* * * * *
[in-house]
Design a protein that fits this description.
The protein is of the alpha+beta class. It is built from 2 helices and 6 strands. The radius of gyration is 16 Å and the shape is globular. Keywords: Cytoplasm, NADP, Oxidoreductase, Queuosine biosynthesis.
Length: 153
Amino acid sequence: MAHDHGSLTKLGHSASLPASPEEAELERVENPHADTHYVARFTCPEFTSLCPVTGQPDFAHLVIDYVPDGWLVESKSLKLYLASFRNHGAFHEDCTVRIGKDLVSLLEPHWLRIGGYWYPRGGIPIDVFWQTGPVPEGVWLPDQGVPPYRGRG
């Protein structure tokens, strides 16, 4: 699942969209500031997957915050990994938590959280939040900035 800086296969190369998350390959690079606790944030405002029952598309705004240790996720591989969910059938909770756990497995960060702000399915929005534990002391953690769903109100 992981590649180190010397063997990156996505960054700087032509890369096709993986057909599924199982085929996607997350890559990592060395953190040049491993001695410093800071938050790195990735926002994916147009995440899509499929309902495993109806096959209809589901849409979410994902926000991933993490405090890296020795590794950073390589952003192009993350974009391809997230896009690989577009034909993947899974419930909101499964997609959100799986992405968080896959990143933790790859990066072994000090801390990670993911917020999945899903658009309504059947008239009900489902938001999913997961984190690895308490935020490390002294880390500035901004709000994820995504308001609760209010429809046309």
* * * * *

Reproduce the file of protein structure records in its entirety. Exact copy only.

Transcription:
[in-house]
Design a protein that fits this description.
The protein is of the alpha+beta class. It is built from 2 helices and 6 strands. The radius of gyration is 16 Å and the shape is globular. Keywords: Cytoplasm, NADP, Oxidoreductase, Queuosine biosynthesis.
Length: 153
Amino acid sequence: MAHDHGSLTKLGHSASLPASPEEAELERVENPHADTHYVARFTCPEFTSLCPVTGQPDFAHLVIDYVPDGWLVESKSLKLYLASFRNHGAFHEDCTVRIGKDLVSLLEPHWLRIGGYWYPRGGIPIDVFWQTGPVPEGVWLPDQGVPPYRGRG
């Protein structure tokens, strides 16, 4: 699942969209500031997957915050990994938590959280939040900035 800086296969190369998350390959690079606790944030405002029952598309705004240790996720591989969910059938909770756990497995960060702000399915929005534990002391953690769903109100 992981590649180190010397063997990156996505960054700087032509890369096709993986057909599924199982085929996607997350890559990592060395953190040049491993001695410093800071938050790195990735926002994916147009995440899509499929309902495993109806096959209809589901849409979410994902926000991933993490405090890296020795590794950073390589952003192009993350974009391809997230896009690989577009034909993947899974419930909101499964997609959100799986992405968080896959990143933790790859990066072994000090801390990670993911917020999945899903658009309504059947008239009900489902938001999913997961984190690895308490935020490390002294880390500035901004709000994820995504308001609760209010429809046309």